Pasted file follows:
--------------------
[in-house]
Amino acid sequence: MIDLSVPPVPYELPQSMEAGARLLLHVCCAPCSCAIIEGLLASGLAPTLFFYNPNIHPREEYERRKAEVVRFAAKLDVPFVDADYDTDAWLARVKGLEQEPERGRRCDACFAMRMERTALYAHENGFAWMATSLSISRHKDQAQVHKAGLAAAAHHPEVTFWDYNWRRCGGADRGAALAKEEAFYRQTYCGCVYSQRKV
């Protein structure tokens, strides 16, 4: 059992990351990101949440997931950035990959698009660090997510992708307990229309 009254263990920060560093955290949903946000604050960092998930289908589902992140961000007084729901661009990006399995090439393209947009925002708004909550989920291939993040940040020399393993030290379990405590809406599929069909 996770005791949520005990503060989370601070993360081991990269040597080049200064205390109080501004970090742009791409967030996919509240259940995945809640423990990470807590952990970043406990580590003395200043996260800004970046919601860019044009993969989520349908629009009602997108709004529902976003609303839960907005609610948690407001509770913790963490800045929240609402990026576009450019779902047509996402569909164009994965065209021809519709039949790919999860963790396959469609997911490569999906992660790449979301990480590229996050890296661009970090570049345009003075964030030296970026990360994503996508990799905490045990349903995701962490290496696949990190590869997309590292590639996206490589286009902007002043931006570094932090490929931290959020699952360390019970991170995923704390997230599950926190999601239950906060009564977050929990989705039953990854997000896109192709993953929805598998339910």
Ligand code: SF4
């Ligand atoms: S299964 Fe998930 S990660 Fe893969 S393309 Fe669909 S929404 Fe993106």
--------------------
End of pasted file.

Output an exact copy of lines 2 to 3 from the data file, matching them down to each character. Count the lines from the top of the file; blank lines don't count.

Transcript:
Amino acid sequence: MIDLSVPPVPYELPQSMEAGARLLLHVCCAPCSCAIIEGLLASGLAPTLFFYNPNIHPREEYERRKAEVVRFAAKLDVPFVDADYDTDAWLARVKGLEQEPERGRRCDACFAMRMERTALYAHENGFAWMATSLSISRHKDQAQVHKAGLAAAAHHPEVTFWDYNWRRCGGADRGAALAKEEAFYRQTYCGCVYSQRKV
């Protein structure tokens, strides 16, 4: 059992990351990101949440997931950035990959698009660090997510992708307990229309 009254263990920060560093955290949903946000604050960092998930289908589902992140961000007084729901661009990006399995090439393209947009925002708004909550989920291939993040940040020399393993030290379990405590809406599929069909 996770005791949520005990503060989370601070993360081991990269040597080049200064205390109080501004970090742009791409967030996919509240259940995945809640423990990470807590952990970043406990580590003395200043996260800004970046919601860019044009993969989520349908629009009602997108709004529902976003609303839960907005609610948690407001509770913790963490800045929240609402990026576009450019779902047509996402569909164009994965065209021809519709039949790919999860963790396959469609997911490569999906992660790449979301990480590229996050890296661009970090570049345009003075964030030296970026990360994503996508990799905490045990349903995701962490290496696949990190590869997309590292590639996206490589286009902007002043931006570094932090490929931290959020699952360390019970991170995923704390997230599950926190999601239950906060009564977050929990989705039953990854997000896109192709993953929805598998339910």